The intervention itself was interesting. Vicky and The Bhablet came late. Imagine, if you wish, a Sue looking pretty much like any other girl around right then, handing out pamphlets with a polite smile. You know how to take that. Imagine her, looking the same, smiling the same, still handing them out, with a Bhablet perched on her hips. How would you take that?

The people in front of New Empire didn't know how to take that either.

There were a couple of transsexuals who took a sticker and stood around for a bit. Pleasant, well spoken. So different from the hijras who came calling a few days after we returned from Madras. They came around noon, just as I was putting R in his cot for his nap. They knew the man of the household would be at work and rang the bell in an extremely impertinent way. I thought it was V (who else would ring the bell so?) and opened the door. The spyhole was blocked. Then these two hijras barged in. There were four of them in all; two were fairly well spoken and polite; one was rude verging on nasty; one was out looking for trouble and ready to make some in its absence. The bitch.

I was upset at the way they shoved the door into face, tried to walk in. At how they had rung the bell. I told them just that. And I told them in no uncertain terms that they would not get a paise from me after such behaviour. In any case, why would I pay for a child nearly a year and a half old? Our apartment block has a flat on each floor (it's a small place) and a common door on the ground floor which is supposed to be locked but is kept open in the morning for the convenience of the people downstairs. They had barged in and asked where the family with the child was, downstairs, and had been directed upstairs. I was so upset, I called up our downstairs neighbour and told her to please take them away.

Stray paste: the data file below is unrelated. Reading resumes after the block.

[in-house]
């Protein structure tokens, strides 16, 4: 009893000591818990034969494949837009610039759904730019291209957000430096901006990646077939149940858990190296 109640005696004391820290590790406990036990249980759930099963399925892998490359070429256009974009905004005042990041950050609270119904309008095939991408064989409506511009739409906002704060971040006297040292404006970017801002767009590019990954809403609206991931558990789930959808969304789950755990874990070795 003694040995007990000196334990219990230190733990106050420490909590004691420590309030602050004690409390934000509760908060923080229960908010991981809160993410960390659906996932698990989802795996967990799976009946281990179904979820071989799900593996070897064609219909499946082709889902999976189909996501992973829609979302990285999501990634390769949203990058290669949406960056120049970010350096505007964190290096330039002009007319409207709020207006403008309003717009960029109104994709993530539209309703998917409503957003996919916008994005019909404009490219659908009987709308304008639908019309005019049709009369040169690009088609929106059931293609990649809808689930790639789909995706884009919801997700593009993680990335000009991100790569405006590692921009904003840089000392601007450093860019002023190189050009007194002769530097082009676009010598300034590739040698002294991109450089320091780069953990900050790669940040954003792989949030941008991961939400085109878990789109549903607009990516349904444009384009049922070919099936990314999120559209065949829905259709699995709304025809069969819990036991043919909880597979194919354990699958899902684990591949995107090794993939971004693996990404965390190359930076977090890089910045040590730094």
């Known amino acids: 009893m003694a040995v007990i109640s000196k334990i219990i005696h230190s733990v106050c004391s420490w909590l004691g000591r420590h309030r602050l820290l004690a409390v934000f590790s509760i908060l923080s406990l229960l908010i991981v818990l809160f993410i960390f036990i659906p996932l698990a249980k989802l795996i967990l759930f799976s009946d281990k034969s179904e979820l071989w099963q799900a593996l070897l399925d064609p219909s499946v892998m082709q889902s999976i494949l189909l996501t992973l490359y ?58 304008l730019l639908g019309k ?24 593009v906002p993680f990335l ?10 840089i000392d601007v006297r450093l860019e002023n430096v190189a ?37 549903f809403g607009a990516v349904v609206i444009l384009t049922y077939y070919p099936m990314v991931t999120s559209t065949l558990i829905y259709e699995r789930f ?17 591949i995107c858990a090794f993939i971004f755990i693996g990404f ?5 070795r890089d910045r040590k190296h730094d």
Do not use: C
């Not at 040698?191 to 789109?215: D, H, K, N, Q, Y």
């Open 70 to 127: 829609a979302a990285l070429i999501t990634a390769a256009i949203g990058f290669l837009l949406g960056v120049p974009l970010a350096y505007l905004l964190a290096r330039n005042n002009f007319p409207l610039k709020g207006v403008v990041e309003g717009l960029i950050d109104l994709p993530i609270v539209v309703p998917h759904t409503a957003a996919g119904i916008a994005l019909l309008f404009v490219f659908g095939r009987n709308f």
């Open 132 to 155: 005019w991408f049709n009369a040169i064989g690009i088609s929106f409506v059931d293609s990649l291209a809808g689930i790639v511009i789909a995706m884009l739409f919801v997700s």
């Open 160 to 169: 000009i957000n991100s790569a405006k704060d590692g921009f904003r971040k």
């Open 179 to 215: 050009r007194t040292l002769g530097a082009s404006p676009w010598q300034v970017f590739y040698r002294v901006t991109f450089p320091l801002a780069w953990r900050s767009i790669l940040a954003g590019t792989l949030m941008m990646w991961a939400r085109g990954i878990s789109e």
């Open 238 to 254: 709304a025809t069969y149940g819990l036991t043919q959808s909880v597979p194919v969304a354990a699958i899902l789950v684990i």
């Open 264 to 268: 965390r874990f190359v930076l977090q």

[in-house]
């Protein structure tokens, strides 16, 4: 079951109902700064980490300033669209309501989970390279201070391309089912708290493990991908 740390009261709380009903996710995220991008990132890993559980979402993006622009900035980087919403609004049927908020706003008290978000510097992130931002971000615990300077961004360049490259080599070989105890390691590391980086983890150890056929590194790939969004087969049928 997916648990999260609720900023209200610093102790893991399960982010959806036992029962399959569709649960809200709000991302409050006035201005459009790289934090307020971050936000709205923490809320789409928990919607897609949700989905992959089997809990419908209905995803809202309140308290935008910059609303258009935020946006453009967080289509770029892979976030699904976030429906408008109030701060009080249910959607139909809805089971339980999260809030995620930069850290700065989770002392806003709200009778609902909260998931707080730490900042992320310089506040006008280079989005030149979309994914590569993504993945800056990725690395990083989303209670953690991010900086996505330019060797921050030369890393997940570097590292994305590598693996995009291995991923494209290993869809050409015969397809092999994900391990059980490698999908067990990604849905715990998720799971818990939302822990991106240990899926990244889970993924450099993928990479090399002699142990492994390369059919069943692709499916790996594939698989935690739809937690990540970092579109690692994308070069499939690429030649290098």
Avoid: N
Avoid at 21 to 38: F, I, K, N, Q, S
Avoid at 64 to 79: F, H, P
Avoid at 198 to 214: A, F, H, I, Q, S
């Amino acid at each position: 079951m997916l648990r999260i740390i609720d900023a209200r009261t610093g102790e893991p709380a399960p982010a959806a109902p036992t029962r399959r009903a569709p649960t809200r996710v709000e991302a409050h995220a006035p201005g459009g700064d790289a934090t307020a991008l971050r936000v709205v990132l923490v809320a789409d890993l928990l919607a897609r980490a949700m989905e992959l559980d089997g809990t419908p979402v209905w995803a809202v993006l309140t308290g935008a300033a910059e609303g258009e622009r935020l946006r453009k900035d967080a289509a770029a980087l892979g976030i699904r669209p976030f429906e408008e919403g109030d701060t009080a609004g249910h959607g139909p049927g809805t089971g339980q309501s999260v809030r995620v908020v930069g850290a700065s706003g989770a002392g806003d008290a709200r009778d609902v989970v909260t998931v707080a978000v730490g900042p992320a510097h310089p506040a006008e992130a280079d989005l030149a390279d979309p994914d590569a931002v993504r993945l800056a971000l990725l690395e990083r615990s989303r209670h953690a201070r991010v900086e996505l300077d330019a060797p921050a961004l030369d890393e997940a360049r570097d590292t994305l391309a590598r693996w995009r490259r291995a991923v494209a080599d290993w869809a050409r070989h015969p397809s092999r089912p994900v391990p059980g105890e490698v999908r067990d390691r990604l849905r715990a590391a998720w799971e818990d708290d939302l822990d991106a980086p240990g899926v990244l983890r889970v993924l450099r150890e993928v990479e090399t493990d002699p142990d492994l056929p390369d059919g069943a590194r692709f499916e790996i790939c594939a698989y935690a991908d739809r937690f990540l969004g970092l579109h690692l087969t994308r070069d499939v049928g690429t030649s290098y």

They were hard to get rid of, but eventually, managed to figure out that I meant what I said and that upsetting me would not only not get them any money but might just get them into some trouble. So they left, the quieter two first, then the less nasty one. The nastiest stuck around for some more time, bent on insulting me since she could not get money out of me. I listened carefully, but didn't hear anything I hadn't heard in all my years in Uni already. A little disappointing, really. She touched on my sexual relations with my father, those with my husband, how V would actually prefer her (he would?), how women like me, sorry, prostitutes like me, litter the streets yadda yadda. I was angry and terrified in equal parts, but when she was ranting and alone, I was mostly a little sorry for her. Whatever she says, I'm still the one in the pretty home with a husband and son. I'm the one in the nice clothes with food on her table. I guess I cannot afford to get judgmental.